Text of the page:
Reproductive ecology of red shiner Cyprinella lutrensis in the Brazos River, Texas
Knabe, Douglas W.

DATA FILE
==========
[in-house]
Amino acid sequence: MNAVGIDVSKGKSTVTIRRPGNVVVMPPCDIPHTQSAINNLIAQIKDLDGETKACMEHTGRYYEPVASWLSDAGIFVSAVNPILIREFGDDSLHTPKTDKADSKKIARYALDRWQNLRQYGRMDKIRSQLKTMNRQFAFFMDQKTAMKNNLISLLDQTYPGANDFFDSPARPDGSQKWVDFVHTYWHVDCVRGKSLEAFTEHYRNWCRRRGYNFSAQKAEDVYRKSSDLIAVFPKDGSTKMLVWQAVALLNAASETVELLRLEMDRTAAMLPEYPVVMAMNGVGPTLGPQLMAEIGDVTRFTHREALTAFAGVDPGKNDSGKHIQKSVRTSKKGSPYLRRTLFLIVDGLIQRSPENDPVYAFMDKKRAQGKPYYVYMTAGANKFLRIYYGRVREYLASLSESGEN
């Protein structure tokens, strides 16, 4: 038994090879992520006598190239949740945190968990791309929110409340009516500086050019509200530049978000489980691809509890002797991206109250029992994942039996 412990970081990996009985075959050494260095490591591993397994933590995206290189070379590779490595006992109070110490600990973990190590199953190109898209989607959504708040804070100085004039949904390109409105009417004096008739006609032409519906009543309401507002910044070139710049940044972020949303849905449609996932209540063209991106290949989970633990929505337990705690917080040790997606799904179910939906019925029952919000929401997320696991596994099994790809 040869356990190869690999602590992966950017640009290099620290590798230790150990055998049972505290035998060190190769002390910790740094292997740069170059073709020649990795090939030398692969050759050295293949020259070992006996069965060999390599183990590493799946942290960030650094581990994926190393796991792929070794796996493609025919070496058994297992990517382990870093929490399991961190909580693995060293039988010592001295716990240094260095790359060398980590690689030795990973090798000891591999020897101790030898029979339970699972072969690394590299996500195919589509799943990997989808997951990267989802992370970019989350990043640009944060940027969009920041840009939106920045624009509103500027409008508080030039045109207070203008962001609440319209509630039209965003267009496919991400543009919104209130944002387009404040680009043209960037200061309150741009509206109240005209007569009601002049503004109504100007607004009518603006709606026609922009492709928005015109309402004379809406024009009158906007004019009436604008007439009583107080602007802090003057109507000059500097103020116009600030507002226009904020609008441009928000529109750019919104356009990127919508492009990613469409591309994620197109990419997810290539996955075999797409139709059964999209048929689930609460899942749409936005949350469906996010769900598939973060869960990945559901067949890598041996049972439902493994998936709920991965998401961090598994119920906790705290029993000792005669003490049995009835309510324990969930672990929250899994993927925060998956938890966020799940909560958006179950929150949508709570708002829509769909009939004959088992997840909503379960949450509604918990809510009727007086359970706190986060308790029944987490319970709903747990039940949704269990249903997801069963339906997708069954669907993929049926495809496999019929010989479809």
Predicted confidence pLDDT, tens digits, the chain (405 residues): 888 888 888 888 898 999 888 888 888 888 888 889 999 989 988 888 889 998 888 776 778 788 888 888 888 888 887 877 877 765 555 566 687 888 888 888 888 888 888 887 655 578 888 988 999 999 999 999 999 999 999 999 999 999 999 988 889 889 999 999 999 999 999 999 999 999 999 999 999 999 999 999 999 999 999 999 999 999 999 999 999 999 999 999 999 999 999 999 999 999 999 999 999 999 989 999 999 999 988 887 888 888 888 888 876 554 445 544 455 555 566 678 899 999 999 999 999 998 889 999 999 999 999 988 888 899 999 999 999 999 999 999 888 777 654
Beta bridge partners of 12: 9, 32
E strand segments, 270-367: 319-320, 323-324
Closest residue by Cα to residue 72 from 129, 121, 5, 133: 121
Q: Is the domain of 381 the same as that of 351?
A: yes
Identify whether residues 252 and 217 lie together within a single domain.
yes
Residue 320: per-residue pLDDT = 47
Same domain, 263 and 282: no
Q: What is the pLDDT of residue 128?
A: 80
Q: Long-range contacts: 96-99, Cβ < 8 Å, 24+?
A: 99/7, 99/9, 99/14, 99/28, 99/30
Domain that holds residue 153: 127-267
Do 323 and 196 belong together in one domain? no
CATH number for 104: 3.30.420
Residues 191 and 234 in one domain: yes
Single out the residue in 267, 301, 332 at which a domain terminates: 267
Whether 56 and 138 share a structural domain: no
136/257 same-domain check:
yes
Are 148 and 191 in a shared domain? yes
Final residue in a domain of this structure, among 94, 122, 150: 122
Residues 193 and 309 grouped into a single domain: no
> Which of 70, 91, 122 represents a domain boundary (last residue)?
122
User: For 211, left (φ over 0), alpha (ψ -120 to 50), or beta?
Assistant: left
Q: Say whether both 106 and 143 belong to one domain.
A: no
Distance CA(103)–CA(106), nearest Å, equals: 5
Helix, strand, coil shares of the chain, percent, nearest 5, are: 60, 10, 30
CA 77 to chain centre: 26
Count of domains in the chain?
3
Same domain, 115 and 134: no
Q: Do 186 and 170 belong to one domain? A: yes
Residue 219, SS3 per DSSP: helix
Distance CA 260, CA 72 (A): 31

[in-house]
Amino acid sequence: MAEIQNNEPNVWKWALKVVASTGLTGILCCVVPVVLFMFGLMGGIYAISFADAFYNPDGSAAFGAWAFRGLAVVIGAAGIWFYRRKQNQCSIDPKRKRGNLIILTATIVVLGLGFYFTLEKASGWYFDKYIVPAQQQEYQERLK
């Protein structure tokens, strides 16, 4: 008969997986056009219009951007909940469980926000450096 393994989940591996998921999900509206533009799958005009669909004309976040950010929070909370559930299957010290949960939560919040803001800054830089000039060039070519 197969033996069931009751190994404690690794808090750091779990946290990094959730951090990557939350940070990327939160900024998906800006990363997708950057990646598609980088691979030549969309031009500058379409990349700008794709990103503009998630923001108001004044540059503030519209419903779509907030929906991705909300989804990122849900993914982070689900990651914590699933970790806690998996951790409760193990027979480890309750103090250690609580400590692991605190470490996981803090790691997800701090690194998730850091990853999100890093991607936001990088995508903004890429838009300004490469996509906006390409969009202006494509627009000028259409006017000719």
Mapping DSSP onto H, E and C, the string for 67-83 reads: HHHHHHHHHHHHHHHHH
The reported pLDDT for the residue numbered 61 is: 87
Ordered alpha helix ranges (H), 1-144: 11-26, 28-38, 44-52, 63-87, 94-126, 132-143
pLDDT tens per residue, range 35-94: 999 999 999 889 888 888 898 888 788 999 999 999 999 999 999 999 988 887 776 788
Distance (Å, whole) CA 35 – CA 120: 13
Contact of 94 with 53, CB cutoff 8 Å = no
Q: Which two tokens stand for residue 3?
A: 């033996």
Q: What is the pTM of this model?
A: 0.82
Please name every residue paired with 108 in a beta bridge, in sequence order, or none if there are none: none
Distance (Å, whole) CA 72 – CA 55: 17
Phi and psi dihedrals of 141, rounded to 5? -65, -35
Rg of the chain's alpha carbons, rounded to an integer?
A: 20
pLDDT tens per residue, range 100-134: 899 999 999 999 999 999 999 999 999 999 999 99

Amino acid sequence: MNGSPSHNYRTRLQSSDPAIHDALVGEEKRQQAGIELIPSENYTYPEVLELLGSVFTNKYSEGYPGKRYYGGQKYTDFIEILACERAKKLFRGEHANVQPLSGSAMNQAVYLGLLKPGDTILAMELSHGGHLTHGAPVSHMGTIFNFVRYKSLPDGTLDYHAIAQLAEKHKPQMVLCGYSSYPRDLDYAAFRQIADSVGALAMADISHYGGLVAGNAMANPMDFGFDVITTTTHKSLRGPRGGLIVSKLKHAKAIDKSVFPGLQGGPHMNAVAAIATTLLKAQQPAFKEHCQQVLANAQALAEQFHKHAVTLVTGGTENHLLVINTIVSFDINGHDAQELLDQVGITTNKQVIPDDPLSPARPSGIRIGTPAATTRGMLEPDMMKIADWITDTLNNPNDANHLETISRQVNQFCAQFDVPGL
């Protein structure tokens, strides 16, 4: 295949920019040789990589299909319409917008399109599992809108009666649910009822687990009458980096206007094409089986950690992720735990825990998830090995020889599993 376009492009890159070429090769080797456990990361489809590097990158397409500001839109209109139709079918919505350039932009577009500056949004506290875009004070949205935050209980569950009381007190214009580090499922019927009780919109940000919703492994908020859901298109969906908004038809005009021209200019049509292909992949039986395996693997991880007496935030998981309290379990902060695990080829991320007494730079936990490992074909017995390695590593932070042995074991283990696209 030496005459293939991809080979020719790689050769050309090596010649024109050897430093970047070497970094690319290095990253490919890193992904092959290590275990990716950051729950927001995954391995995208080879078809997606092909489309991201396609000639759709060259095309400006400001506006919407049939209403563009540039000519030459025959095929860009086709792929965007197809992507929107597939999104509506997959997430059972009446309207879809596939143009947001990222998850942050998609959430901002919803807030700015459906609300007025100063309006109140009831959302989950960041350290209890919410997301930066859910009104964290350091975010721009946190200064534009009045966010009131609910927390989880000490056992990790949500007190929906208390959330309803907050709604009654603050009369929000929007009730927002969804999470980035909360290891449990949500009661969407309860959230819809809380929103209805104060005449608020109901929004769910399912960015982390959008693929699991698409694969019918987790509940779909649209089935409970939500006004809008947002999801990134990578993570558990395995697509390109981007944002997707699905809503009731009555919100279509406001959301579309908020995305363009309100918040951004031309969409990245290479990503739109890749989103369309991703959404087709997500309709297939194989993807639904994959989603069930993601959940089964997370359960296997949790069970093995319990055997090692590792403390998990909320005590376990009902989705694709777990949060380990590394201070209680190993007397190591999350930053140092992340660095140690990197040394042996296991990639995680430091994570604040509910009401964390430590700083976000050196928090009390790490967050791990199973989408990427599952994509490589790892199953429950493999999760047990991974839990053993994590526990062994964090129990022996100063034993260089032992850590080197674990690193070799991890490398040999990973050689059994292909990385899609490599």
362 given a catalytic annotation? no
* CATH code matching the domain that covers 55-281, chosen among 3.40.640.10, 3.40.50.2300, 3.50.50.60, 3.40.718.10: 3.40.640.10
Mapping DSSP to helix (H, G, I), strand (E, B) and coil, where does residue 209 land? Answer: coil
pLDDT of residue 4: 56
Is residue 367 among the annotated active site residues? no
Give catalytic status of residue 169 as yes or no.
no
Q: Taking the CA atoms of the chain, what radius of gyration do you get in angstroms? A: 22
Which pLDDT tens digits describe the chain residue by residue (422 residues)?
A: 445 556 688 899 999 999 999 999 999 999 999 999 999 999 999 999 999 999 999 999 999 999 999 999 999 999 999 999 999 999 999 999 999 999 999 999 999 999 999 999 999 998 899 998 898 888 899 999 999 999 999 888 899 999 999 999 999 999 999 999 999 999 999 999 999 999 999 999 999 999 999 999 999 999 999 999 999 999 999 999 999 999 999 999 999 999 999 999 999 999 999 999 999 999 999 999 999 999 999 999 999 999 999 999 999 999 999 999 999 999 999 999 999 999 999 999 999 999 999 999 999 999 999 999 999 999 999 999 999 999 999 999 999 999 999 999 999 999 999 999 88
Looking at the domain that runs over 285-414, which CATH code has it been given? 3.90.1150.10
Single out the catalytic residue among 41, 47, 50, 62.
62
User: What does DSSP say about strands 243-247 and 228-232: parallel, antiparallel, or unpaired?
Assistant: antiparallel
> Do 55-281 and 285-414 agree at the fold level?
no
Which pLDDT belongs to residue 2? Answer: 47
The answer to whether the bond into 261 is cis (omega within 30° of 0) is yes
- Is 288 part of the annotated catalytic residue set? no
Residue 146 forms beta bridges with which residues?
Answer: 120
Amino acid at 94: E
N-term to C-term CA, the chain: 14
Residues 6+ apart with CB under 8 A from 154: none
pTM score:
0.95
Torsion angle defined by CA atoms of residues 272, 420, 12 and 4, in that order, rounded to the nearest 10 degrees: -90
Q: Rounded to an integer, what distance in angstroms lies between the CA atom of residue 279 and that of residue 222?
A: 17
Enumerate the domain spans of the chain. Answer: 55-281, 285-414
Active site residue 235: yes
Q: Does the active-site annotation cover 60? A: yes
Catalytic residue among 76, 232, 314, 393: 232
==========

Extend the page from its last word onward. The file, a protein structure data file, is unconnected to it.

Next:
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I studied the reproductive ecology of red shiner Cyprinella lutrensis at four sites on the upper Brazos River, Texas from January 2008 through December 2009. Using gonadosomatic indices, vitellogenic oocyte diameter, and histological analyses, I found that red shiner exhibited a protracted spawning season lasting from April through August. Spawning occurred continuously throughout the spawning season with two apparent primary times of reproductive activity. While the relationship between reproduction and discharge was not statistically significant, there was some evidence that high stream discharge may delay the onset of reproductive activity. I did not find evidence of any mass-synchronized spawning event within the population in relation to discharge throughout the year; rather red shiner exhibited a gradual peak in reproductive activity twice during the reproductive season. Histological analyses indicated that individual red shiners spawned on a daily basis throughout the spring and summer regardless of discharge levels. This spawning typology is in sharp contrast to that of many other cyprinids found in the upper Brazos River, such as plains minnow Hybognathus placitus, smalleye shiner Notropis buccula, sharpnose shiner Notropis oxyrhynchus, which are known to be broadcast spawning fishes that spawn asyncronously throughout the reproductive season, as well as synchronously in response to flood events or increased base flow. The ability of red shiner to spawn under a wide range of streamflow conditions likely plays a large role in its ability to persist in the highly variable habitat of the upper Brazos River and other Great Plains streams. This reproductive strategy is also likely an important factor in the ability of red shiner to easily become established in systems where it is nonnative and hybridize with many congeners including blacktail shiner Cyprinella venusta and spotfin shiner Cyprinella spiloptera.